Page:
Newly-Uncovered Asbestos Liability Could Cost Chemical Company

When Germany-based chemical company BASF acquired a manufacturing firm nine years ago for $5 billion, it was aware that had been prior product liability cases against the company for asbestos exposure.
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The smaller firm had been in the talc-mining business, and as the years wore on, those who worked in the mines, their family members and some in the public began to get sick. Some filed lawsuit once they learned that there was asbestos in the mine, which causes a number of latent diseases, primarily mesothelioma, asbestosis, COPD and lung cancer.

In the early 1980s, the company was sued by an individual who alleged they were harmed by the asbestos in the mines. During the deposition phase of the proceedings, officials with the company conceded there was asbestos in the mines. However, soon after that, before the case could go to trial, the company entered a confidential settlement agreement. The records were sealed. And from that point forward, the line from the company and its legal team was that there was no asbestos in the mines.

This was the firm stance taken as thousands of personal injury lawsuits were filed. Some were settled. Many plaintiffs lost.

Then in 2009, after the company had been acquired by BASF, that the daughter of a former scientist for the company filed her won lawsuit. She had been diagnosed with mesothelioma, which she asserted was from contact with her father’s clothing, as well as contact with the fibers in the mines when she went to visit her father’s workplace.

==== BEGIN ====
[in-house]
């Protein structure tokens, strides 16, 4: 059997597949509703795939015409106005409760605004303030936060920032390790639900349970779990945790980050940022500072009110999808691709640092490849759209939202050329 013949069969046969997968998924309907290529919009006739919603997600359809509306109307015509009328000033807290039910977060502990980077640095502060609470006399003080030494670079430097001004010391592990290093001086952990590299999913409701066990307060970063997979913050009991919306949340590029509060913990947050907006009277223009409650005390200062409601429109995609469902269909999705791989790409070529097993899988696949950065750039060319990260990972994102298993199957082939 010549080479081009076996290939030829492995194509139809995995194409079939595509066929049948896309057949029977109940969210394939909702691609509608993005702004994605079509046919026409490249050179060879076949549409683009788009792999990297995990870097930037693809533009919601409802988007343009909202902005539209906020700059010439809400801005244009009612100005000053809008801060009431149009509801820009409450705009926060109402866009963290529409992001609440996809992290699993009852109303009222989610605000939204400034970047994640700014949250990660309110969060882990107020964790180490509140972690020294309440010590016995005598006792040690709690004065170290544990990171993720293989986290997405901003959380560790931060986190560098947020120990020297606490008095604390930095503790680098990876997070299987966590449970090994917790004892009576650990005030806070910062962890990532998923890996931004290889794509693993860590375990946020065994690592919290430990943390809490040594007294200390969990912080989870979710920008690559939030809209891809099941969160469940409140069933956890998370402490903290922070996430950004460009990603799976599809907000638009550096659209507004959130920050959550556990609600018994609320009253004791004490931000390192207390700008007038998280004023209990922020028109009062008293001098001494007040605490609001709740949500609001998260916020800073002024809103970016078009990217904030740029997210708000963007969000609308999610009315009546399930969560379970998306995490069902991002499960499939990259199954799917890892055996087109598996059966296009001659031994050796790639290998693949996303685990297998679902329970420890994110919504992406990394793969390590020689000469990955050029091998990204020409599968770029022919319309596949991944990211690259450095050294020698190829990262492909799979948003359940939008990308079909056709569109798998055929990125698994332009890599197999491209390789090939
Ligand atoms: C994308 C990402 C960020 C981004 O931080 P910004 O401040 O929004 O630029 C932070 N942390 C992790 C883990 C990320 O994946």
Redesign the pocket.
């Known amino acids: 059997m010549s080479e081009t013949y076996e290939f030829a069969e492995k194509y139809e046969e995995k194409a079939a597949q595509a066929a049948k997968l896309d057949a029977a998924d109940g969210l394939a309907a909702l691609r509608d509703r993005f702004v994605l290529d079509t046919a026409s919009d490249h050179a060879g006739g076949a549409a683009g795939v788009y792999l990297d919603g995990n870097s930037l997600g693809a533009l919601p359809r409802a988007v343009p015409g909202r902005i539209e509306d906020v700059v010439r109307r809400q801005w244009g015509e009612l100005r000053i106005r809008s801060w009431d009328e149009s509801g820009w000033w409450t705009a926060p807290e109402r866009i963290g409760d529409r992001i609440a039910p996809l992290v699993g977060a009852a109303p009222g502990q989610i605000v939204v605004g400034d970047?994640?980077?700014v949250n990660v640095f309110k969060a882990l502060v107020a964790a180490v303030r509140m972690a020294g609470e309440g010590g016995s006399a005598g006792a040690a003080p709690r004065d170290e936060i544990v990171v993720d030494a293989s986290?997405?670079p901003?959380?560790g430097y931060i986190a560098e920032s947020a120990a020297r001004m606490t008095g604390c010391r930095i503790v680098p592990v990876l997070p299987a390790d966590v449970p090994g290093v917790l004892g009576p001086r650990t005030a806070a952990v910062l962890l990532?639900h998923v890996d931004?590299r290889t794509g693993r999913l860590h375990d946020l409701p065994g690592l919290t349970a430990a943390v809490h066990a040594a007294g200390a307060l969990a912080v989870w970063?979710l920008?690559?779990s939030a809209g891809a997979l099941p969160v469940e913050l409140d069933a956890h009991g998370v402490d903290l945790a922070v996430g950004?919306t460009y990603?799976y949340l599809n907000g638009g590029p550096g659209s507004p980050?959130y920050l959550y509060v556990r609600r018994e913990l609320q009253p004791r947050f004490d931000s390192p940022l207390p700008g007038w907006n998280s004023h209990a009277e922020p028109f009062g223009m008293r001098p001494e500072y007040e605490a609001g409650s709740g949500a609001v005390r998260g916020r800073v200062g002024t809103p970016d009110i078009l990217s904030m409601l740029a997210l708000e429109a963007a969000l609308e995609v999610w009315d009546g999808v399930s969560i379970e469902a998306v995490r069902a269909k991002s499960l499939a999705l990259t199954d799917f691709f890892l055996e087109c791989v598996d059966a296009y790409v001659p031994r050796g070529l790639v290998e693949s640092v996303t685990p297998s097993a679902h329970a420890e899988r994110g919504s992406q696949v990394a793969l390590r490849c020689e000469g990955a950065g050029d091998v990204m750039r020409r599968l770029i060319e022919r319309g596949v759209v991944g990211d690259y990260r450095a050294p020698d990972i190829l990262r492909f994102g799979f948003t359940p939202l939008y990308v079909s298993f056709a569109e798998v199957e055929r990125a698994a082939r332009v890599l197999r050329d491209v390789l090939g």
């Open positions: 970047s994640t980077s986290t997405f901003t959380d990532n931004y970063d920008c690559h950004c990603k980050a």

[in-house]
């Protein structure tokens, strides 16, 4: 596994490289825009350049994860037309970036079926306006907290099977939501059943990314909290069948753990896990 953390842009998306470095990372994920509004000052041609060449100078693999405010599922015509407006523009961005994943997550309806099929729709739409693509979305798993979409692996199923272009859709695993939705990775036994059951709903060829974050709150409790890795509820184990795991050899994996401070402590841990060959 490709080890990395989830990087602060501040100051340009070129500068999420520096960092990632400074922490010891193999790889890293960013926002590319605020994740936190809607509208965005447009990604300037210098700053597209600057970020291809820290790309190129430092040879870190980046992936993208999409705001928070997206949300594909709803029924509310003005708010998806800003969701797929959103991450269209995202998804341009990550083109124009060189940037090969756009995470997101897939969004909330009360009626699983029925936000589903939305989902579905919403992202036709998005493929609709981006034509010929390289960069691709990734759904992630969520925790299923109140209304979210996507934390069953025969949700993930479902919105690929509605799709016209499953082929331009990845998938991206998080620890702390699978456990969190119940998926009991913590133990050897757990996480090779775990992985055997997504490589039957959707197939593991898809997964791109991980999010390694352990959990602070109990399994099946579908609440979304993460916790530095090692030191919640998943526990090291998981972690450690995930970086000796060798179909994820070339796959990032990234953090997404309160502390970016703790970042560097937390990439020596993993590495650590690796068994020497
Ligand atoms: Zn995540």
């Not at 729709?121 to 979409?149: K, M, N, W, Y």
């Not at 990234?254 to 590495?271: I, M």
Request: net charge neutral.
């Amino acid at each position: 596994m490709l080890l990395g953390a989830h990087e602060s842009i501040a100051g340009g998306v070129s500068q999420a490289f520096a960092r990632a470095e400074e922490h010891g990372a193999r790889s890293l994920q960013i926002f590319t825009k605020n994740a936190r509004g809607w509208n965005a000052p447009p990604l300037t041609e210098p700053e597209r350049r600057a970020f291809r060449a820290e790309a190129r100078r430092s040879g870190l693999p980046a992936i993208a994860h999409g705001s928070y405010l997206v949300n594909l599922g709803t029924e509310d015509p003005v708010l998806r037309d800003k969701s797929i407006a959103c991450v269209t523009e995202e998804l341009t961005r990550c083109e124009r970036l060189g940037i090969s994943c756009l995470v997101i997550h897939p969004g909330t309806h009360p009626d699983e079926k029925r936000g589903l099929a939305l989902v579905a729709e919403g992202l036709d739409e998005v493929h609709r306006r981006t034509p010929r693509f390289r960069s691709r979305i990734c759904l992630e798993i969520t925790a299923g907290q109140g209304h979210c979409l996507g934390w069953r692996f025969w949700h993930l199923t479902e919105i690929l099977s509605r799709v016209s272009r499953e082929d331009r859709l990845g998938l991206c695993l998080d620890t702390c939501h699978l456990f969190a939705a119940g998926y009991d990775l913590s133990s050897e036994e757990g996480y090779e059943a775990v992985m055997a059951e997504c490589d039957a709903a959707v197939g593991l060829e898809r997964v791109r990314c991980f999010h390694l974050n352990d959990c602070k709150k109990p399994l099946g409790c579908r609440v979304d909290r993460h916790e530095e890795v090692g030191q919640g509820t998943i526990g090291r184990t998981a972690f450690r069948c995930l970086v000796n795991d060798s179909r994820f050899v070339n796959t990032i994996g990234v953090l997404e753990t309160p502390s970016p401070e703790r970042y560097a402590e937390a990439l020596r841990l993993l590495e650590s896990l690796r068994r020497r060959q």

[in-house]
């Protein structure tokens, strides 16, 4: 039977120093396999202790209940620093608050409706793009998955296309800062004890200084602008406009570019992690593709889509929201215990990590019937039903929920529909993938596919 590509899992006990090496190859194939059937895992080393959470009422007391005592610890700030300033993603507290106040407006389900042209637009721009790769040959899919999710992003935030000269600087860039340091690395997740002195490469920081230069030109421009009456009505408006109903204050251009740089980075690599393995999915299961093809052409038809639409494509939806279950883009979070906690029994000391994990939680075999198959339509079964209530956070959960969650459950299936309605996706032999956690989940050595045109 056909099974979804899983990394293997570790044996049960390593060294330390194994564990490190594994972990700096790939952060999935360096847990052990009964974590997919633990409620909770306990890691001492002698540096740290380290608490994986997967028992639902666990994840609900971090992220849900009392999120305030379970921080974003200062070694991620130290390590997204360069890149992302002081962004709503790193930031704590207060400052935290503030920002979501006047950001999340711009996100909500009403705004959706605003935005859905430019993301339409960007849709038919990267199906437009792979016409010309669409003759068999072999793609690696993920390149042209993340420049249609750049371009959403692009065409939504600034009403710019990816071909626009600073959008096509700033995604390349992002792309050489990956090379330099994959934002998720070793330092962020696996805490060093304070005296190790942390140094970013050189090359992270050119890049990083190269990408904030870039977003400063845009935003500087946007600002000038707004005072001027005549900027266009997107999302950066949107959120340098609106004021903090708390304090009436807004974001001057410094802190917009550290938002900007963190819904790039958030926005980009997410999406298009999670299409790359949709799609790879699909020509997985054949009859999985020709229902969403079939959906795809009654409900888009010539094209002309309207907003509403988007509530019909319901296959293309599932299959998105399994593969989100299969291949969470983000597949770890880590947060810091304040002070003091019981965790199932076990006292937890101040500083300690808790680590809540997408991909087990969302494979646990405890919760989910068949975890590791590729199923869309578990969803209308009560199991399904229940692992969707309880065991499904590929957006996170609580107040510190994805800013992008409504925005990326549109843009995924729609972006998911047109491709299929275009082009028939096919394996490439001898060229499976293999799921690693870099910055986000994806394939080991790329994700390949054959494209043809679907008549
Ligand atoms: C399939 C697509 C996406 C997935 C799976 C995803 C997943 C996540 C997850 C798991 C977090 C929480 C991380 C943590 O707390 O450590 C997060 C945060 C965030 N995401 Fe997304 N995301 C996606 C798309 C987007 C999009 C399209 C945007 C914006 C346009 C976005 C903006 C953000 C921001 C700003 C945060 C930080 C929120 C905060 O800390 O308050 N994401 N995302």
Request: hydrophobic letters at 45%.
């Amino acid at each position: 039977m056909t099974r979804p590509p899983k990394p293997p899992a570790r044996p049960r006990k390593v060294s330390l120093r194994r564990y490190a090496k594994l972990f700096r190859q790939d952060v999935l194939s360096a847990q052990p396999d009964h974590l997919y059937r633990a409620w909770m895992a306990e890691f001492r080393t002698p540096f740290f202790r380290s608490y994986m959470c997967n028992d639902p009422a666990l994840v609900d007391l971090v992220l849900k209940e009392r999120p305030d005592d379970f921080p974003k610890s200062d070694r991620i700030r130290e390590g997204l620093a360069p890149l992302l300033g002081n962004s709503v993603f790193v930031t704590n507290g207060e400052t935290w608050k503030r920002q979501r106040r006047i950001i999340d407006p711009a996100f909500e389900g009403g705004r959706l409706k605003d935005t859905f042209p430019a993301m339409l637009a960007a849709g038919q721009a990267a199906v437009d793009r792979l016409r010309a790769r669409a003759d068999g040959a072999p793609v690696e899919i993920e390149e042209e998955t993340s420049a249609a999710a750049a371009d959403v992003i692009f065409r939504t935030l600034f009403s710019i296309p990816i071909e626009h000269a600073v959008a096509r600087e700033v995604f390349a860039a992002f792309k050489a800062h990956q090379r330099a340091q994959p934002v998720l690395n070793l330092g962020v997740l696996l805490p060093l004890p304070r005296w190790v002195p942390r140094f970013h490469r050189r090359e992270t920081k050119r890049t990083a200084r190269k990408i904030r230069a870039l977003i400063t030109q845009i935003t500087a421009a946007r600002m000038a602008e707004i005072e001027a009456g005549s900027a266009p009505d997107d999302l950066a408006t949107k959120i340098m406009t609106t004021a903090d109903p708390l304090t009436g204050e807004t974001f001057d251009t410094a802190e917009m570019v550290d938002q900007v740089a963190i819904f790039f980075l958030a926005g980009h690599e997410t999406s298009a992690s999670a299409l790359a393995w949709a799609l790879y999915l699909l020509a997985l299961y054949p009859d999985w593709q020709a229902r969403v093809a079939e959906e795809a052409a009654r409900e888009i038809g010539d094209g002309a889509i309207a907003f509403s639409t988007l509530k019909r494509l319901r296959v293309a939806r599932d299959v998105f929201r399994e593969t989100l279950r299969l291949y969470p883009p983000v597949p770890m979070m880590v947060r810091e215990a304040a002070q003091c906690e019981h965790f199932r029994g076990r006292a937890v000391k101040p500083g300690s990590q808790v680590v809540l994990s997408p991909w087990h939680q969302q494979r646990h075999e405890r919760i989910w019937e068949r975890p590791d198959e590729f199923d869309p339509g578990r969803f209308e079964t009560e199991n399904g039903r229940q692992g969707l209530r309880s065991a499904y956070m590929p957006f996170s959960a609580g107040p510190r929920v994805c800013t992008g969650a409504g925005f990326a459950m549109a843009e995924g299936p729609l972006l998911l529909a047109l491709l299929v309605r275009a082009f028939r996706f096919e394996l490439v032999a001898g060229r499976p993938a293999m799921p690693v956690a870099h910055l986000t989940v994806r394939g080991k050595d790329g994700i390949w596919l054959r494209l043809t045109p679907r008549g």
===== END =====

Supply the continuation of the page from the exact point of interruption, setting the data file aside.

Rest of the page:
In her trial, her father testified that company officials and legal advisers disclosed to him that there was “trace amounts” of asbestos in the mines, but that he needed to purge his records. There were reportedly test results going back to the 1970s that indicated asbestos was in the mines. It was the first time anyone had publicly heard someone from inside the firm admit there was indeed asbestos in those mines.

That blew these cases wide open.

The company later settled with the daughter, who has since died. Her scientist father has died of well of lung cancer, though he never smoked. He did not bring a lawsuit.

But now, there are many questions about those thousands of cases that were either lost or settled for far less than they should have can be re-opened. Certainly, it seems to defy fairness that defendants should be able to emerge unscathed from such action, when they clearly benefited from it.

There are still many unanswered questions about what the company officials knew and when they knew it. One of the 300 lawsuits that is currently pending against BASF on this issue seeks class action status, and alleges the company and its lawyers engaged in fraud and fraudulent concealment.

Some have called this the “Pandora’s Box,” and have estimated that this could result in billions of dollars in liabilities for the firm if some 10,000 cases are reopened. It’s not clear that will happen, but it’s not out of the question.

If you have been diagnosed with an asbestos-related disease, contact our attorneys today to learn more about how we can help.

Contact our Carolina personal injury lawyers at Lee Law Offices today by calling 800-887-1965.

Additional Resources:
Scientist’s Testimony for Dying Daughter Roils Chemical Giant, Sept. 3,2015, By David Voreacos and Jef Feeley, Bloomberg Business

More Blog Entries:
$3.5 Million Product Liability Verdict Reversed, Sept. 14, 2015, South Carolina Product Liability Attorney Blog

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